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U.S. Dairy Supply Safe from Melamine

09 October 2008

URBANA, US - Problems such as those experienced with China's milk supplies are not likely to occur in the United States, said a University of Illinois Extension dairy specialist.

"China is back in the news with the recall of milk products due to the addition of melamine, an industrial chemical used in plastics and fertilizer production," said Mike Hutjens. "This contamination of milk has led to a crisis in China leading to the death of babies, 340 children hospitalized with kidney disorders, and 54,000 infants exposed to the dangerous compound."


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"The take-home message for U.S. consumers is that the U.S. dairy supply is safe due to the constant testing and regulation for food safety"
Mike Hutjens, Illinois Extension dairy specialist.

Milk has been pulled from stores and formal apologies extended by the Chinese government and the firm responsible.

"The take-home message for U.S. consumers is that the U.S. dairy supply is safe due to the constant testing and regulation for food safety," he said. "No antibiotics, pesticides, herbicides, or other chemicals can be added to U.S. milk. And all milk is monitored, regardless of type--organic, natural, and conventional."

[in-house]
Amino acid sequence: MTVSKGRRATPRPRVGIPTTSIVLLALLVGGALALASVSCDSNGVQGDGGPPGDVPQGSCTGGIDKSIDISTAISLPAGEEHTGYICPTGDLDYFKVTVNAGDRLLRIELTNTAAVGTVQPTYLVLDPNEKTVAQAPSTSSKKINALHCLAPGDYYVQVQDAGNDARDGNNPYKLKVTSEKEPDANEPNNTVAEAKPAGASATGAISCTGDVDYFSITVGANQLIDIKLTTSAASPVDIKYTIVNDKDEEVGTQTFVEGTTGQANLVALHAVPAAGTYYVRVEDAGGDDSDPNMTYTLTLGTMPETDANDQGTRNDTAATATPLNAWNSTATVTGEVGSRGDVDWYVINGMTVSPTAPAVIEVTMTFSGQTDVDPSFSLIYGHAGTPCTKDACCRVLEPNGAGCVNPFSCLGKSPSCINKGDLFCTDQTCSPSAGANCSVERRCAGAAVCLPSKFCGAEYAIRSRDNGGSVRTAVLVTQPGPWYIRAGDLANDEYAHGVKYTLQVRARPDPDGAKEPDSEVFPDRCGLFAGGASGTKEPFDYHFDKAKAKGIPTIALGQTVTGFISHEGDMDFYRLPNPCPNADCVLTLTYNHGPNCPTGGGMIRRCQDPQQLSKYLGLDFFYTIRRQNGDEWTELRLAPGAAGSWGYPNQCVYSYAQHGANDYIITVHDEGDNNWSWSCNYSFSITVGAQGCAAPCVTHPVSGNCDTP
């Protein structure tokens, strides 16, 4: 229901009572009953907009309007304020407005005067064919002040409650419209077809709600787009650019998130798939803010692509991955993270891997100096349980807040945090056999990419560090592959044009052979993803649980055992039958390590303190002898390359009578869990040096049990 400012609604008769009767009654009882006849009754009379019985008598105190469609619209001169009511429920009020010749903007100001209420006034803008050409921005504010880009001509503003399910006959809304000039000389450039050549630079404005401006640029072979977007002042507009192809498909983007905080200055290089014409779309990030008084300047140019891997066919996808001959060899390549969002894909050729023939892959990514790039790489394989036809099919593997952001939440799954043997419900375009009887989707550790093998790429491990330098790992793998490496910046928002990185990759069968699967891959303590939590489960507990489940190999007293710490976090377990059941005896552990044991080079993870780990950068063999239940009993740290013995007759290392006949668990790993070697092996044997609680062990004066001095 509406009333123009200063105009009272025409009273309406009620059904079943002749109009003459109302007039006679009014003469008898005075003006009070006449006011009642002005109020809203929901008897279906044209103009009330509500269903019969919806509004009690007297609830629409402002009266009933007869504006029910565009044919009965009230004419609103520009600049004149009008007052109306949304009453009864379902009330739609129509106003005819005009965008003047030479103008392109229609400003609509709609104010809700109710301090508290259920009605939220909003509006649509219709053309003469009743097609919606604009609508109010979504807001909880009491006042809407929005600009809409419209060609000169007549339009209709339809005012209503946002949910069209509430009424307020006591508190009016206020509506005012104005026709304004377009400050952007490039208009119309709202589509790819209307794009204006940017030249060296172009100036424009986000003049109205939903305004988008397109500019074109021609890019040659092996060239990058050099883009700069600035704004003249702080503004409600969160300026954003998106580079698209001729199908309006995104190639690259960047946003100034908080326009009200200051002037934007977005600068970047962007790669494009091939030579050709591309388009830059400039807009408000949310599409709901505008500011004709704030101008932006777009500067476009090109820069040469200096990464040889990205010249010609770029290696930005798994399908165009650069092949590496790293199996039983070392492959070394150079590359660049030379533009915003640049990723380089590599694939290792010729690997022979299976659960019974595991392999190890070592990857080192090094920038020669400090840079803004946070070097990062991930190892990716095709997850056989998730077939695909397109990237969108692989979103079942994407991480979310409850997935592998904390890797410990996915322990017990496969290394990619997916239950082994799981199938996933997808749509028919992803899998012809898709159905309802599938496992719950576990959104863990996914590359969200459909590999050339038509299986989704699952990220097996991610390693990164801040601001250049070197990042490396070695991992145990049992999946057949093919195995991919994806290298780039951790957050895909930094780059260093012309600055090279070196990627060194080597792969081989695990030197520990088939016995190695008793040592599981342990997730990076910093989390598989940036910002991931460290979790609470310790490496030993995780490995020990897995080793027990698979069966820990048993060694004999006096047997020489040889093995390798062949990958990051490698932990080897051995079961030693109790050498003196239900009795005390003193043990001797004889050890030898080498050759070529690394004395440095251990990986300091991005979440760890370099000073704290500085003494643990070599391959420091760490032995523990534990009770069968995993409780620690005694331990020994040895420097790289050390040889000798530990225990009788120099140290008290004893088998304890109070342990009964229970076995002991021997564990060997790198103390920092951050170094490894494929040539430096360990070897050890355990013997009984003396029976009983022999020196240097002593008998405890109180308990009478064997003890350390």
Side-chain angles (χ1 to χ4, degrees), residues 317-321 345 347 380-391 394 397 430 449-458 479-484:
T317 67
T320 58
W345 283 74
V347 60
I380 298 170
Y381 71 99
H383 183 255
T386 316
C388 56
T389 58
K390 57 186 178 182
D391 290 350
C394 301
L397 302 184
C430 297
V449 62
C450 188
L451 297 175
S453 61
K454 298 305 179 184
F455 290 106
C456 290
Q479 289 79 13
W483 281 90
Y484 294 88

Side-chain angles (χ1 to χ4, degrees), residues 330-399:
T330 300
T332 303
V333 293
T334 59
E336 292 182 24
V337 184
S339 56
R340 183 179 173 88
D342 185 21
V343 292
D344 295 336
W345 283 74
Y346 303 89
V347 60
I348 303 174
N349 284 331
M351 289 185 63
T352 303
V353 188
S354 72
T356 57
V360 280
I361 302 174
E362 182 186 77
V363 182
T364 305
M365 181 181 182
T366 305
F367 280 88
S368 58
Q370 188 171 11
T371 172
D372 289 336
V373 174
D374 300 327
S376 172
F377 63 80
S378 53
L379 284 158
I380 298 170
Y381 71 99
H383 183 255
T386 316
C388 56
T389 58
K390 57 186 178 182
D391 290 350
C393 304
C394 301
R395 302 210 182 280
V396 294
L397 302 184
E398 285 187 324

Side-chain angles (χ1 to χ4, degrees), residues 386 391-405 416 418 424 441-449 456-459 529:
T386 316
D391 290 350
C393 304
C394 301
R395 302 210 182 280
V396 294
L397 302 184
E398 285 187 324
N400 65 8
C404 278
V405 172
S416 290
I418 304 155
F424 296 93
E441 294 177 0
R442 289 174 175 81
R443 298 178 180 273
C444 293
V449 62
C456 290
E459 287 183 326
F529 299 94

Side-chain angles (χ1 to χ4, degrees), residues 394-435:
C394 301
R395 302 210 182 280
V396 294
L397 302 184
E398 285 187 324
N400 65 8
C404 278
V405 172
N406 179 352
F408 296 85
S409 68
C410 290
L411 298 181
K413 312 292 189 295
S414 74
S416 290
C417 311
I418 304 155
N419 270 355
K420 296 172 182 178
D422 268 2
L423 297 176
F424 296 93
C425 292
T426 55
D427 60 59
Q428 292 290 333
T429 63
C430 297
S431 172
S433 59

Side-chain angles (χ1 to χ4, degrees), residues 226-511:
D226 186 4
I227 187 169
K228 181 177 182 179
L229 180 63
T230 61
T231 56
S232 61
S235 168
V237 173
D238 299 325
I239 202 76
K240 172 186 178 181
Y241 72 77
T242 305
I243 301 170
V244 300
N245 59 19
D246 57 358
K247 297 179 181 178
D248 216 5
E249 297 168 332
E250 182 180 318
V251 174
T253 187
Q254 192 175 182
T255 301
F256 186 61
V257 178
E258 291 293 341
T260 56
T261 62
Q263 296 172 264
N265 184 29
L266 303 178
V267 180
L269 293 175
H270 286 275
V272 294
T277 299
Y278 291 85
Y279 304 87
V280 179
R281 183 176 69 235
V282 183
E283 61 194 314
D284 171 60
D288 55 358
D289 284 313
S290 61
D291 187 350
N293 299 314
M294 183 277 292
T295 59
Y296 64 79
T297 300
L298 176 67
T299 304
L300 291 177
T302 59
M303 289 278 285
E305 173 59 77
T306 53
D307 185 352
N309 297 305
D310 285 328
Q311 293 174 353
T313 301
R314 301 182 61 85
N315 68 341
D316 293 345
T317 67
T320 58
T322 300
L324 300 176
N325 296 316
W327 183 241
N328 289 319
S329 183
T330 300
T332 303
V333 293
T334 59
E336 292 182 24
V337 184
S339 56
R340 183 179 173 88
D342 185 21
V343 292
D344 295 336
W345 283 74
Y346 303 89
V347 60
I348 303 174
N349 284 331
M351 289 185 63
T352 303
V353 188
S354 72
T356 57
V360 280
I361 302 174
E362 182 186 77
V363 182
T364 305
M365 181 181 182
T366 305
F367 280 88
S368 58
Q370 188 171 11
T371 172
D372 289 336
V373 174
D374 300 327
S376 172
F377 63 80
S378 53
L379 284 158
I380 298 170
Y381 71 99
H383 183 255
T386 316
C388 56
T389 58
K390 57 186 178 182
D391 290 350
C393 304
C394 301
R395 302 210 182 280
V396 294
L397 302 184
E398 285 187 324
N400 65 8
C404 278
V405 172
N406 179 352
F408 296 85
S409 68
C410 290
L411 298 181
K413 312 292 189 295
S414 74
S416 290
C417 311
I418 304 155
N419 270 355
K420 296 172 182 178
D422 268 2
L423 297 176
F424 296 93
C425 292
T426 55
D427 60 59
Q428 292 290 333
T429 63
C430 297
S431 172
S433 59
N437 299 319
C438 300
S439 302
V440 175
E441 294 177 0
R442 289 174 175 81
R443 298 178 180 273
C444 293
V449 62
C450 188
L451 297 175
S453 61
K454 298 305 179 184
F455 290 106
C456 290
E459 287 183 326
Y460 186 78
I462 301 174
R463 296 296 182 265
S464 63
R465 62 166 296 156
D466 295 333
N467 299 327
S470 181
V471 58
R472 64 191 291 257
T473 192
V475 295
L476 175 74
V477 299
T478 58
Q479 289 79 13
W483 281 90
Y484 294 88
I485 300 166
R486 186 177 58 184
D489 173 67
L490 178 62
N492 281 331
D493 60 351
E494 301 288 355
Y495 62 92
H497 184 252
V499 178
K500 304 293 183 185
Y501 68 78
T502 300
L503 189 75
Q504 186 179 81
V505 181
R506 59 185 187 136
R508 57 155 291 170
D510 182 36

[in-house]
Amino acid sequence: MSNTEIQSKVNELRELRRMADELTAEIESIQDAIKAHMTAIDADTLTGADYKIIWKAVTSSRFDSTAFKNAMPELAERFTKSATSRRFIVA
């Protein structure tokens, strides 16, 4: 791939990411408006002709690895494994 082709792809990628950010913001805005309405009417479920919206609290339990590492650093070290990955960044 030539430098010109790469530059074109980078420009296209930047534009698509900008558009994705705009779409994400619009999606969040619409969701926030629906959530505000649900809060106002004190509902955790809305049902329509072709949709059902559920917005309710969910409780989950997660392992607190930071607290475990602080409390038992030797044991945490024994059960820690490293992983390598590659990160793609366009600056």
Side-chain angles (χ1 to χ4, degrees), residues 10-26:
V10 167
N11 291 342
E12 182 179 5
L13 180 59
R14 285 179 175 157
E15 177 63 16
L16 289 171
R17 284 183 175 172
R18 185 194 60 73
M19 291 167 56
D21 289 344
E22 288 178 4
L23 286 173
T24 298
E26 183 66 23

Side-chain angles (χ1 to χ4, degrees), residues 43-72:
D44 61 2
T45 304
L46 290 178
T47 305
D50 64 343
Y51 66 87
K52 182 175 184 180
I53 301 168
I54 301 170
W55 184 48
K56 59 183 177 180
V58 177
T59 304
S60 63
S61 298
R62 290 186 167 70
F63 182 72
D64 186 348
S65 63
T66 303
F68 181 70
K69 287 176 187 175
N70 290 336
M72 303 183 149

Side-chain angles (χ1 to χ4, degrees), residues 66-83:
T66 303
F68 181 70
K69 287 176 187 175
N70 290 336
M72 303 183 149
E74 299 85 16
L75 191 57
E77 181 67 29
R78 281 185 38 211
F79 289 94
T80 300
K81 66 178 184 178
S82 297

Melamine, the additive that caused problems in China's milk, contains nitrogen which increases the protein content in milk when tested. By adding this compound, milk appears to have a higher protein content and nutrient value. The addition was an attempt by some Chinese dairy operations to artificially provide their product with a higher nutrient level.

Because Chinese milk products can be found in numerous food products sold in the world, including the United States, such as candies, cakes, and baked goods, these products have been recalled, he noted.

"U.S. dairy managers know the importance of guarding milk quality and following safe practices when feeding and managing dairy cows," Hutjens said.

"Consumers should continue to monitor where their food sources are coming from as these problems continue to occur in the food chain, including products such as vegetables, spinach, and lettuce."

TheCattleSite News Desk



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